2. Miriam. Interesting post. And I wouldn’t want to declaim against any of it, as I respect that your post represents the how, where and when of your self perception at present. Also that your openness is an act of bravery that I do not see very often. My interest with your post is in what you perceive to be the difference, if any, between your “identity”; which you refer to several times in this post; and your “personality”, which has just the one reference in respect of your childhood tree climbing attire.

    I fully appreciate your analysis of academia as a “safe space”, and am heartened by your viewpoint.

    As an overall note on your post’s title I should observe that all that you have described of your life within it, to my understanding, is anything but “queer”, in the sense that it is unusual, but, in fact, perfectly “normal” or “straight” and that you should continue just as you are whatever my analysis shows to me.

    Now I can only suggest further reading (through any lens) of such authors as George Orwell (I’m thinking “Keep The Aspidistras Flying” here), Brian Aldiss (“Hothouse”) for starters. I do of course appreciate that you are a busy student and should not spend too much time following advice from a old sausage like me, but that’s your decision to make.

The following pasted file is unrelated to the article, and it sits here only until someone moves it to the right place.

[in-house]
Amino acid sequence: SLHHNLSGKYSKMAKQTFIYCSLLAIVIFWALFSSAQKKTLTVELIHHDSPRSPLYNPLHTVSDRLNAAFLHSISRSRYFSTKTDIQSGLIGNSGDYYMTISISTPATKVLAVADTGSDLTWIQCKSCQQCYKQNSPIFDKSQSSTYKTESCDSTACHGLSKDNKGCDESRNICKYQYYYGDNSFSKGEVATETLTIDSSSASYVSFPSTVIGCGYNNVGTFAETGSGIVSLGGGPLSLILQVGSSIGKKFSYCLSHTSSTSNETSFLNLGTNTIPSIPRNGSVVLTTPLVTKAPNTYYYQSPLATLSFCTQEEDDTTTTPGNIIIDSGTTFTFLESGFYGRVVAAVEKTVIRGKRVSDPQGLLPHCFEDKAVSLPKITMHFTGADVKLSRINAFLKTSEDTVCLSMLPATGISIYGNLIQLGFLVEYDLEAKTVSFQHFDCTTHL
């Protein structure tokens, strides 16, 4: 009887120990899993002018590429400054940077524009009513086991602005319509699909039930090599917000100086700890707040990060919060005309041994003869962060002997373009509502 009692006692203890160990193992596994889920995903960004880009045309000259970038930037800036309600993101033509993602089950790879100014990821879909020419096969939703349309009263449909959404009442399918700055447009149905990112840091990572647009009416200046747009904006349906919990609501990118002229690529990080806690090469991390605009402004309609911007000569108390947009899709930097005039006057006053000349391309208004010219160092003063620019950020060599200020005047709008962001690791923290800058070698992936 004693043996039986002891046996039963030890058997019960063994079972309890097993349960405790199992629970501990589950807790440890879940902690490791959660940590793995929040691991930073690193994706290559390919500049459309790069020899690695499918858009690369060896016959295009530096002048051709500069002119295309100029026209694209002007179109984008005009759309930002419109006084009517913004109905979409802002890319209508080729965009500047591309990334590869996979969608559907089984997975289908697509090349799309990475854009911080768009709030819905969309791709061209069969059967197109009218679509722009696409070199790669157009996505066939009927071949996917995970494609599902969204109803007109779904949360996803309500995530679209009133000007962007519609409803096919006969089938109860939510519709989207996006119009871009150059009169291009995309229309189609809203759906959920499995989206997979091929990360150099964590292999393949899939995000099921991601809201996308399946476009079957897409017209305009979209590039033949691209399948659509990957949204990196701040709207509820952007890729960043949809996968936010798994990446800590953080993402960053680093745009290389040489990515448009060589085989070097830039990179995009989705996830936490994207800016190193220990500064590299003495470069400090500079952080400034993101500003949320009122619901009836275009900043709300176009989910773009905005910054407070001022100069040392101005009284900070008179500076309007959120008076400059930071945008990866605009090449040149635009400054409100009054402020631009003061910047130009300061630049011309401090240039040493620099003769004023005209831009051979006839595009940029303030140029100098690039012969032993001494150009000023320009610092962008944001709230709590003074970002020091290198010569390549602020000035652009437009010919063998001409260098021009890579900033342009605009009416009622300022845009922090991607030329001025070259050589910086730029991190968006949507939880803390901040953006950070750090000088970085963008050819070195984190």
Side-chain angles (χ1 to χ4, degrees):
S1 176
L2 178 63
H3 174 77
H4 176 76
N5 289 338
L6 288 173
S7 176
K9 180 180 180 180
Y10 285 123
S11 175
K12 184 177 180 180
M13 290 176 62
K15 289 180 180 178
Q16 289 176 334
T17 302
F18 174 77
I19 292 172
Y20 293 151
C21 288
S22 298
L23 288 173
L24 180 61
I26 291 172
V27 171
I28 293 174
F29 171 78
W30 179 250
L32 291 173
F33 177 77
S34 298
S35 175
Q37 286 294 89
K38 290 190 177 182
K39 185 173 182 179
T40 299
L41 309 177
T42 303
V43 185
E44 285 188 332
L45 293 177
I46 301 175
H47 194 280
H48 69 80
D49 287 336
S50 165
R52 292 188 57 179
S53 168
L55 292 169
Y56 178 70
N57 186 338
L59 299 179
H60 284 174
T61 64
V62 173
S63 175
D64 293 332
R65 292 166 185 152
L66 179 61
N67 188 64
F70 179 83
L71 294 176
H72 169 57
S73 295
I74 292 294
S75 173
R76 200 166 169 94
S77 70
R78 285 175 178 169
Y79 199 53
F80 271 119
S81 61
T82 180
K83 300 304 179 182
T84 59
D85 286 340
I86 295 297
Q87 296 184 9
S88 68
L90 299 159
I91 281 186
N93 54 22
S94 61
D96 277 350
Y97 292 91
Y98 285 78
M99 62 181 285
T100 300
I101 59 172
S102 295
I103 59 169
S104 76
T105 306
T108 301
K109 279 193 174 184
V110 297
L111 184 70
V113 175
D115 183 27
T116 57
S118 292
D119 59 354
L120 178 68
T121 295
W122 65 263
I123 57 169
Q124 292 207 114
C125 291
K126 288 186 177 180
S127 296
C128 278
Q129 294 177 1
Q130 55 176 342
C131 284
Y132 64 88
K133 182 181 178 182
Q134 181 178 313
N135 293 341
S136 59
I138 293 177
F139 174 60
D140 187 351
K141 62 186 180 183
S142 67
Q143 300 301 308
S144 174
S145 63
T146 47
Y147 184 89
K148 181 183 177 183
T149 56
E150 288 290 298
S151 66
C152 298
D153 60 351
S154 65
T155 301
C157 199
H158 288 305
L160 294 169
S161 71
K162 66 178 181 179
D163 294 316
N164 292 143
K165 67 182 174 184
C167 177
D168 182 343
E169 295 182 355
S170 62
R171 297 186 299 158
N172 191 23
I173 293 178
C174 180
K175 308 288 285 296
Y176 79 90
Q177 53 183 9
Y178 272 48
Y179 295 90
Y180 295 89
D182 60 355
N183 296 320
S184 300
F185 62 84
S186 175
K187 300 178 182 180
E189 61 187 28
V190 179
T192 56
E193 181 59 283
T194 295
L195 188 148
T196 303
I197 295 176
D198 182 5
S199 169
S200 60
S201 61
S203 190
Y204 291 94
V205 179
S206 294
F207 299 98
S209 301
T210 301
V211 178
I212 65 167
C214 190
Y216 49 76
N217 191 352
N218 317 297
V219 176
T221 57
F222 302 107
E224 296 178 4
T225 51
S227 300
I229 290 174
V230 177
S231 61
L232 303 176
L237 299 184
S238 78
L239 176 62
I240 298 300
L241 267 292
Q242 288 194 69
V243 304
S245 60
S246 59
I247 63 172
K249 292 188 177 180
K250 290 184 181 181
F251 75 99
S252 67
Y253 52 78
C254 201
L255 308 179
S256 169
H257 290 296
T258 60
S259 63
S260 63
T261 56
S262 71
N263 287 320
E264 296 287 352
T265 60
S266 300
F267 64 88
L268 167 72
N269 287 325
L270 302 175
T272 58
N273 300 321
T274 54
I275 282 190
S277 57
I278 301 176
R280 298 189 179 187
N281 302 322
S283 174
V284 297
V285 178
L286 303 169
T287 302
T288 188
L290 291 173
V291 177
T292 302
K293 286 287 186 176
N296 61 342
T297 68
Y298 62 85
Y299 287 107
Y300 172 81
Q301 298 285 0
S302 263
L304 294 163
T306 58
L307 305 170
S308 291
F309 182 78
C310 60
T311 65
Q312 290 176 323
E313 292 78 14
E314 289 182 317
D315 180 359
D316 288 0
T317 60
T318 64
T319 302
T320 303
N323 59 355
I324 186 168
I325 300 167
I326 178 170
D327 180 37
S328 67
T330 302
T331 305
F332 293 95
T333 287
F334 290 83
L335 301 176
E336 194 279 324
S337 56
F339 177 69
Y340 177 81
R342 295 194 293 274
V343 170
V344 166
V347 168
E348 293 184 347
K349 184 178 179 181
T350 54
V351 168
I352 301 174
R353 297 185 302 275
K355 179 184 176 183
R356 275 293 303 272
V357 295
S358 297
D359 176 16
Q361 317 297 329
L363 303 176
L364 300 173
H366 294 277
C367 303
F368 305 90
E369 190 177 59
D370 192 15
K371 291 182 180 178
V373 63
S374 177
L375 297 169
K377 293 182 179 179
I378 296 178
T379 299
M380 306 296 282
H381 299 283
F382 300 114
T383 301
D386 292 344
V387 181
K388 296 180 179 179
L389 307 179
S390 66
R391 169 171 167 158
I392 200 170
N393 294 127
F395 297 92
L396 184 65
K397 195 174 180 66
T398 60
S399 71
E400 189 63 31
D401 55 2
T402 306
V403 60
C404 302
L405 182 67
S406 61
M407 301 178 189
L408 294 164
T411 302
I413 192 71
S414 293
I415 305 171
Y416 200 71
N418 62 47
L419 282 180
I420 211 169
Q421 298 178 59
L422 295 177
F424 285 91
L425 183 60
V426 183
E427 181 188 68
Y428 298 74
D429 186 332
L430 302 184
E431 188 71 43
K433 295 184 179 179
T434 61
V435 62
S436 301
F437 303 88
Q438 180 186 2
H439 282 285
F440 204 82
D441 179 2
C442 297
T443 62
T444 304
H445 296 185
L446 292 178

Live long and prosper
    Eric

    1. I use the word queer not in a pejorative abnormal sense, but because I don’t feel I fit into the rigid binary categories the world prescribes, nor do I fit the traditional mould of being interested in relationships and sex. For me, that’s something I’m perfectly happy with, but it’s undeniably queer, since it goes against the grain of societal expectations. Everywhere I go I’m bombarded with messages about how romantic love is the only fulfilling way to live, how interest in sex is normal and healthy and those who aren’t into it are clearly broken or abnormal in some way, etc etc — and while I don’t subscribe to these and I’m confident in my own sense of identity, it still underlies the idea of queerness.

      You’re right, I do use personality and identity fairly interchangeably. In many ways that’s because, when looking at myself growing up, I can’t tell which outward behaviours were signs of inward feelings I hadn’t identified yet, and which were caused by other interests and influences. I also think that identifying as queer is a big part of my personality as well as my identity because it shapes how I respond to and engage with the world around me, from pop culture to fashion, which inevitably has an impact on my personality more generally.

      I wouldn’t say, however, that my openness (at least about this) is especially brave; I dislike being private about it, and I think the world needs more open dialogue so that people feel able to explore these ideas without it having to be a big deal or cause some major identity crisis.

  3. thank you for your reply. Very interested in what you think about where or who the “rigid binary categories ” and “traditional mould” are perpetuated from. But please do not detract from your studies. These are much more important than my queries.

    I remember a lesson once where the teacher asked us to analyse tricky (or any really) problems or situations with the simple question of “so what?”. Sometimes useful, sometimes not.

    Happy studies

What do you think? I'd love to hear your thoughts.

%d bloggers like this: